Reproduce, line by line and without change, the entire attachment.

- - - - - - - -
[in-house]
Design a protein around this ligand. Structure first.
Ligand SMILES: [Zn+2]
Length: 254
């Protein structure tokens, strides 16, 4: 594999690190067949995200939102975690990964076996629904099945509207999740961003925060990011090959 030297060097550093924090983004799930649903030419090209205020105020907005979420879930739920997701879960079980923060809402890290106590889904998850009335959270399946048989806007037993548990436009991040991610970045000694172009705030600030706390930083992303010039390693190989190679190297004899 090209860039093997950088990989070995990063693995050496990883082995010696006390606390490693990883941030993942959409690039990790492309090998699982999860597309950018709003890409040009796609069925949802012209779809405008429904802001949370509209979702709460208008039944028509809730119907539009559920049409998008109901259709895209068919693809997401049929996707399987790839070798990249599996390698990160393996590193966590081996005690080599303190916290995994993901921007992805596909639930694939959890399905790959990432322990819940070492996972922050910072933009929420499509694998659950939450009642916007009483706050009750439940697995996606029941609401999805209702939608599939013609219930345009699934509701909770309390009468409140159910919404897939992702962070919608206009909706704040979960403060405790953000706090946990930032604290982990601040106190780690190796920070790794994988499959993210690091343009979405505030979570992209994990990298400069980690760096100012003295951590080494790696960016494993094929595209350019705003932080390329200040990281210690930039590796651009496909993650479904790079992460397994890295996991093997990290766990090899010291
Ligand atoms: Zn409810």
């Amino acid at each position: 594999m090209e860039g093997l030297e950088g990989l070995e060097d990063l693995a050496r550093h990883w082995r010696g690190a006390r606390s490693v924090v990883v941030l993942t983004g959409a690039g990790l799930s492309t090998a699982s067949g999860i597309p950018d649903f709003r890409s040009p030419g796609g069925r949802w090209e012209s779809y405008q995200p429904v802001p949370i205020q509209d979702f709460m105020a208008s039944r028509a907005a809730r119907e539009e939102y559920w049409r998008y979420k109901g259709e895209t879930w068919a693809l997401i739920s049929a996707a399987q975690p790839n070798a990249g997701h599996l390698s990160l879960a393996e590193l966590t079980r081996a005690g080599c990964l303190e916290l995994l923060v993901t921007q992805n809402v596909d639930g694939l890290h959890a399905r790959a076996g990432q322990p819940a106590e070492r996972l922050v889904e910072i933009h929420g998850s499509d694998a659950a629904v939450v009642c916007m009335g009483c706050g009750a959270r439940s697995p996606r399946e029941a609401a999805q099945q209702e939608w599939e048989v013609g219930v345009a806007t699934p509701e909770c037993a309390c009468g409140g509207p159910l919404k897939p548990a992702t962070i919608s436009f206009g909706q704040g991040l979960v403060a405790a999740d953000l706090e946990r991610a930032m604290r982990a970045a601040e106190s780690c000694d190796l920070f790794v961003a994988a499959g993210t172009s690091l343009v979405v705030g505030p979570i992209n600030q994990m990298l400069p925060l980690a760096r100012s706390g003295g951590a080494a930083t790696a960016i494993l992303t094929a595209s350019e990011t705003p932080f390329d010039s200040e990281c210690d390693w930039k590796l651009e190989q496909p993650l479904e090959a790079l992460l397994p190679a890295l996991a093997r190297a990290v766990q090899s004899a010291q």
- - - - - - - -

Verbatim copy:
[in-house]
Design a protein around this ligand. Structure first.
Ligand SMILES: [Zn+2]
Length: 254
């Protein structure tokens, strides 16, 4: 594999690190067949995200939102975690990964076996629904099945509207999740961003925060990011090959 030297060097550093924090983004799930649903030419090209205020105020907005979420879930739920997701879960079980923060809402890290106590889904998850009335959270399946048989806007037993548990436009991040991610970045000694172009705030600030706390930083992303010039390693190989190679190297004899 090209860039093997950088990989070995990063693995050496990883082995010696006390606390490693990883941030993942959409690039990790492309090998699982999860597309950018709003890409040009796609069925949802012209779809405008429904802001949370509209979702709460208008039944028509809730119907539009559920049409998008109901259709895209068919693809997401049929996707399987790839070798990249599996390698990160393996590193966590081996005690080599303190916290995994993901921007992805596909639930694939959890399905790959990432322990819940070492996972922050910072933009929420499509694998659950939450009642916007009483706050009750439940697995996606029941609401999805209702939608599939013609219930345009699934509701909770309390009468409140159910919404897939992702962070919608206009909706704040979960403060405790953000706090946990930032604290982990601040106190780690190796920070790794994988499959993210690091343009979405505030979570992209994990990298400069980690760096100012003295951590080494790696960016494993094929595209350019705003932080390329200040990281210690930039590796651009496909993650479904790079992460397994890295996991093997990290766990090899010291
Ligand atoms: Zn409810």
């Amino acid at each position: 594999m090209e860039g093997l030297e950088g990989l070995e060097d990063l693995a050496r550093h990883w082995r010696g690190a006390r606390s490693v924090v990883v941030l993942t983004g959409a690039g990790l799930s492309t090998a699982s067949g999860i597309p950018d649903f709003r890409s040009p030419g796609g069925r949802w090209e012209s779809y405008q995200p429904v802001p949370i205020q509209d979702f709460m105020a208008s039944r028509a907005a809730r119907e539009e939102y559920w049409r998008y979420k109901g259709e895209t879930w068919a693809l997401i739920s049929a996707a399987q975690p790839n070798a990249g997701h599996l390698s990160l879960a393996e590193l966590t079980r081996a005690g080599c990964l303190e916290l995994l923060v993901t921007q992805n809402v596909d639930g694939l890290h959890a399905r790959a076996g990432q322990p819940a106590e070492r996972l922050v889904e910072i933009h929420g998850s499509d694998a659950a629904v939450v009642c916007m009335g009483c706050g009750a959270r439940s697995p996606r399946e029941a609401a999805q099945q209702e939608w599939e048989v013609g219930v345009a806007t699934p509701e909770c037993a309390c009468g409140g509207p159910l919404k897939p548990a992702t962070i919608s436009f206009g909706q704040g991040l979960v403060a405790a999740d953000l706090e946990r991610a930032m604290r982990a970045a601040e106190s780690c000694d190796l920070f790794v961003a994988a499959g993210t172009s690091l343009v979405v705030g505030p979570i992209n600030q994990m990298l400069p925060l980690a760096r100012s706390g003295g951590a080494a930083t790696a960016i494993l992303t094929a595209s350019e990011t705003p932080f390329d010039s200040e990281c210690d390693w930039k590796l651009e190989q496909p993650l479904e090959a790079l992460l397994p190679a890295l996991a093997r190297a990290v766990q090899s004899a010291q």